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Ball State to help K-12 teachers build student civics education with federal grant

The grant team hopes for monthly and yearly professional development content for civics teachers.
Muncie Community Schools
The grant team hopes for monthly and yearly professional development content for civics teachers.

Beginning next year, Indiana middle schoolers will take classes on civics and government previously only required in high school. Ball State University will help Hoosier teachers prepare, thanks to a multi-year, $1.3 million federal grant.

The plan is to model it in Muncie, then roll it out statewide.

Julie Snider has taught government classes in Muncie schools for more than 20 years. She regularly takes students to local city council and school board meetings. For middle schoolers, she says adding a “foundation of civic attitude” will help set up that way of thinking.

“Having a student council, having mock elections, letting them kind-of understand the process through action. Our kids are so far removed from the process now that, as they get older, it just becomes worse and worse.”

Read More: New sixth grade course will build Indiana students’ civics education foundation

Plans for the three-year grant through the US Department of Education include creating extensive class resources and monthly professional development for teachers, a yearly symposium with national-level experts, and a summer Civic Learning Academy for both teachers and students.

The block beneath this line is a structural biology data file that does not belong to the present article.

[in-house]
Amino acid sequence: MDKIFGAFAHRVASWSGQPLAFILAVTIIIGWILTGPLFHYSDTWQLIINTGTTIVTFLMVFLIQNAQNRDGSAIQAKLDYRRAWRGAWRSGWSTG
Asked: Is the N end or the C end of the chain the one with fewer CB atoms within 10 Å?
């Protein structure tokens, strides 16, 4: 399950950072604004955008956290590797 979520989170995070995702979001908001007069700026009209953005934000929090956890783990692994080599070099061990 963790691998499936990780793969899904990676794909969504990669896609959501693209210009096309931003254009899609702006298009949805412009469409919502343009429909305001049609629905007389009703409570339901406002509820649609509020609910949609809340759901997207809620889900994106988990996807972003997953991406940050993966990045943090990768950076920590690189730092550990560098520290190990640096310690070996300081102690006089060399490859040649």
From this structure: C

David Roof, Ball State associate professor of educational studies, will co-lead the team creating these resources under the name CREATE – Civic Renewal through Education for Agency. He says they’ve also built in money to support teachers who have a great project idea or field trip, like trips to the Statehouse in Indianapolis and the Indiana Supreme Court, or attending civics symposiums from the Indiana Bar Association.

“This project’s going to give teachers the opportunity to design projects, field trips, things they want to do. And I’ve already been hearing a lot of interest in doing some really wonderful things.”

Kate Elliott, Ball State lecturer of journalism, is also on the team, adding media literacy to the offerings for teachers. She says she’s excited to focus talk of civics on how to personally engage with your community.

“The vision of this grant and this opportunity is to not only connect with our students and teachers about these topics – history, civics, media literacy – but to get them involved in innovative and entrepreneurial ways that can make a difference in our community, and show them that they can make a difference, so they continue to want to make a difference for the rest of their lives.”

The grant team will also focus on incorporating civic engagement principles into more classes than government or history and at many different age levels.